Liberty Tree by Alfred F. Young
Ordinary People and the American Revolution

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With the publication of Liberty Tree, acclaimed historian Alfred F. Young presents a selection of his seminal writing as well as two provocative, never-before-published essays. Together, they take the reader on a journey through the American Revolution, exploring the role played by ordinary women and men (called, at the time, people out of doors) in shaping events during and after the Revolution, their impact on the Founding generation of the new American nation, and finally how this populist side of the Revolution has fared in public memory.

Drawing on a wide range of sources, which include not only written documents but also material items like powder horns, and public rituals like parades and tarring and featherings, Young places ordinary Americans at the center of the Revolution. For example, in one essay he views the Constitution of 1787 as the result of an intentional accommodation by elites with non-elites, while another piece explores the process of ongoing negotiations would-be rulers conducted with the middling sort; women, enslaved African Americans, and Native Americans. Moreover, questions of history and modern memory are engaged by a compelling examination of icons of the Revolution, such as the pamphleteer Thomas Paine and Boston's Freedom Trail.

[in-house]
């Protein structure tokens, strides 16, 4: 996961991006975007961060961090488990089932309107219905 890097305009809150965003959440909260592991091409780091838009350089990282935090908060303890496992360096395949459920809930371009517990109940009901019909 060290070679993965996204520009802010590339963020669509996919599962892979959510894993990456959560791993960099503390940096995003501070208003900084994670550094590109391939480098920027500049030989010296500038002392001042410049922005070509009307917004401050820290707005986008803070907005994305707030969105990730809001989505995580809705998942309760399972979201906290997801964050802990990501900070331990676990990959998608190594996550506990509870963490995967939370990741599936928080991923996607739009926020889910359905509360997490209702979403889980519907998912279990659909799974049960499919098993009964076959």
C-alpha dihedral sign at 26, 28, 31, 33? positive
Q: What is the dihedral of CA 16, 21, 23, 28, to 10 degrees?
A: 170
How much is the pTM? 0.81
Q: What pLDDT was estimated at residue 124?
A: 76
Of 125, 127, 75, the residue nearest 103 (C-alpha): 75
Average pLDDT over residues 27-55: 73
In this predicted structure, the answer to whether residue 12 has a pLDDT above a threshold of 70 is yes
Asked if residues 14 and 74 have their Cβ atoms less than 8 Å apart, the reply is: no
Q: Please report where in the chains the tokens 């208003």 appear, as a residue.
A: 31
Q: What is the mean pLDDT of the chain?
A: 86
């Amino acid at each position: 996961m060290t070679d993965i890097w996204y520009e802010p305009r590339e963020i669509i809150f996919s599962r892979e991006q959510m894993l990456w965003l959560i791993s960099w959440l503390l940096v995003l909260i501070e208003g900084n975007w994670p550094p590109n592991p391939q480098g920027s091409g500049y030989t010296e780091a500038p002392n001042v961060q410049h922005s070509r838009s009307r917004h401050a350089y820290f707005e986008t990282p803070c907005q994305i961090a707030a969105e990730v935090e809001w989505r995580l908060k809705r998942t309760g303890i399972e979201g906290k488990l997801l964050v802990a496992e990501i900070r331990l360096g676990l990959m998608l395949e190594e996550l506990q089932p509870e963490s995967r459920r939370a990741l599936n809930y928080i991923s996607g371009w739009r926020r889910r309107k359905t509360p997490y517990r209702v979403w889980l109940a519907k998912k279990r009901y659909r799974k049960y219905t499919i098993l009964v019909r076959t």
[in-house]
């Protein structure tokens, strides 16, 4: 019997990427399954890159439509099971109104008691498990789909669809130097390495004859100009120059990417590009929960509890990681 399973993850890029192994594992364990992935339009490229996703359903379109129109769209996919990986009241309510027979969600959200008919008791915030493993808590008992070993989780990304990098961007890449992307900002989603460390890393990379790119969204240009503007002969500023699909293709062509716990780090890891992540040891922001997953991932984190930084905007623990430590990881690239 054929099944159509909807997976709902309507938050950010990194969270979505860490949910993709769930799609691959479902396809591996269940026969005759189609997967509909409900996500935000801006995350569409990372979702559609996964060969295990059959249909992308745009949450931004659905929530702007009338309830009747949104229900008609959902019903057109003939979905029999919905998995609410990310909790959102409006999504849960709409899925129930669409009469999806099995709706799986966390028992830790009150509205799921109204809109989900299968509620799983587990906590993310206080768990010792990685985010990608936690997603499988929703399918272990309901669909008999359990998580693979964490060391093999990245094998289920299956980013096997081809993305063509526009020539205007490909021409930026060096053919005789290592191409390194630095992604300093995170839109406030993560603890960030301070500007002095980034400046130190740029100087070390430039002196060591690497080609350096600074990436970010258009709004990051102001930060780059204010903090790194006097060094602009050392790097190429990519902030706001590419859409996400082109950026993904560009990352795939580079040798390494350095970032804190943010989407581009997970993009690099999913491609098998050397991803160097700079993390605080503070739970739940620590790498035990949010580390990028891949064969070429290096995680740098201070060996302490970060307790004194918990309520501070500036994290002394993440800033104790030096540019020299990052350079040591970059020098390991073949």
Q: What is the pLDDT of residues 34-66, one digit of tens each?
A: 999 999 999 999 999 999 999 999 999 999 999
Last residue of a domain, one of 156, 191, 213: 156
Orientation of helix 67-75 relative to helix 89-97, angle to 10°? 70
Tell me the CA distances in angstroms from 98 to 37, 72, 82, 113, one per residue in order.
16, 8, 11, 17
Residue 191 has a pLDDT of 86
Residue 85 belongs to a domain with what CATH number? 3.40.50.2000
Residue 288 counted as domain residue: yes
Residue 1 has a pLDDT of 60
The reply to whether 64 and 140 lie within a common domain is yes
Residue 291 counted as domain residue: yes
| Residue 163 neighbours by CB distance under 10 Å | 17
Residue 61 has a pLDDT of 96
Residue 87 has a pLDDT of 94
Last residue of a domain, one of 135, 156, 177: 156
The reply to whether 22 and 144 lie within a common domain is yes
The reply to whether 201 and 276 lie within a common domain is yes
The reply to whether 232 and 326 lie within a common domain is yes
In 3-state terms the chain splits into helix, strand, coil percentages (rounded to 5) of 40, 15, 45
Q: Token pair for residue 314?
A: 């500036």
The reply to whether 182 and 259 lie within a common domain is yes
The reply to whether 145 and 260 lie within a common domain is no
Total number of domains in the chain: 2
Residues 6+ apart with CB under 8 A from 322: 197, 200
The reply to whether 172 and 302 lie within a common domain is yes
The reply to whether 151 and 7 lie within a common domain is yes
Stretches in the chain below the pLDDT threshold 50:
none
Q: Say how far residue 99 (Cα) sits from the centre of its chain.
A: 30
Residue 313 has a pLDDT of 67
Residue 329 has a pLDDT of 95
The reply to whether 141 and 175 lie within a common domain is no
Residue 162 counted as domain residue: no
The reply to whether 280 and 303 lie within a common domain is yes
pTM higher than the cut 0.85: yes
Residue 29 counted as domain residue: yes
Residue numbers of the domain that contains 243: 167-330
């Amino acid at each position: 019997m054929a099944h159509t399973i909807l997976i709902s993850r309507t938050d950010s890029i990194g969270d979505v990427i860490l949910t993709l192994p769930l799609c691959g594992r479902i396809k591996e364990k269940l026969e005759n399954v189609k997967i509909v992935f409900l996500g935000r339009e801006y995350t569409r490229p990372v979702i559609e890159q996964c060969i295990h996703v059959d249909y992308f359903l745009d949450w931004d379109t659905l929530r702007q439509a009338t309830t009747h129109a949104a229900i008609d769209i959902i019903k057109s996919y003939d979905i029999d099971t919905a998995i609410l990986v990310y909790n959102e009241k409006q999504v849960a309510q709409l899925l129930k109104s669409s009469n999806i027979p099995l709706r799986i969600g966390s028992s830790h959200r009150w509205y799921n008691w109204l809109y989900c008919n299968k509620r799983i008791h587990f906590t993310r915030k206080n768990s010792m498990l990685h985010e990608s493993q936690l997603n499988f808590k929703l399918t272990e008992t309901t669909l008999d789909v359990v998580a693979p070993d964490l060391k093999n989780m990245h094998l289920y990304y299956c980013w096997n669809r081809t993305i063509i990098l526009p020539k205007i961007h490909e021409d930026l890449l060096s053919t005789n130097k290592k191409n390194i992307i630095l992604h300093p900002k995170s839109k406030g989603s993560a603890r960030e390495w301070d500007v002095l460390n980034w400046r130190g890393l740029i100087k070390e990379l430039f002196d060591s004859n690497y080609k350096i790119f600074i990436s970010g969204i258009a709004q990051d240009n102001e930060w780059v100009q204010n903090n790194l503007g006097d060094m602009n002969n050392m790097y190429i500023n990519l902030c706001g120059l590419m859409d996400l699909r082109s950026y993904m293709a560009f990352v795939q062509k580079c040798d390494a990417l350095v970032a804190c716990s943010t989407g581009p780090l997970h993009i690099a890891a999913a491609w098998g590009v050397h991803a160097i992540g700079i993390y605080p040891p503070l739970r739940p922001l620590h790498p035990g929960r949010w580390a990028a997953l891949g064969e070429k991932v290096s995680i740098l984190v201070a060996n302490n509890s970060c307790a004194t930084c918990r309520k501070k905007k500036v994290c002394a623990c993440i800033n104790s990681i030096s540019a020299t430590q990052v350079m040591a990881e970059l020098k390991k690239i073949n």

For over forty years, history lovers, students, and scholars alike have been able to hear the voices and see the actions of ordinary people during the Revolutionary Era, thanks to Young's path-breaking work, which seamlessly blends sophisticated analysis with compelling and accessible prose. From his award-winning work on mechanics, or artisans, in the seaboard cities of the Northeast to the all but forgotten liberty tree, a major popular icon of the Revolution explored in depth for the first time, Young continues to astound readers as he forges new directions in the history of the American Revolution.


About Alfred F. Young

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Alfred F. Young is professor emeritus of history at Northern Illinois University and was a senior research fellow at the Newberry Library in Chicago. He lives in Durham, North Carolina.Gary B. Nash is professor of history emeritus and director of the National Center for History in the Schools at UCLA. He lives in Pacific Palisades, California.Ray Raphael is the author of A People's History of the American Revolution, Founding Myths, and several other books on the nation's founding. He lives in northern California.
Published November 6, 2006 by NYU Press. 419 pages
Genres: History, Political & Social Sciences. Non-fiction

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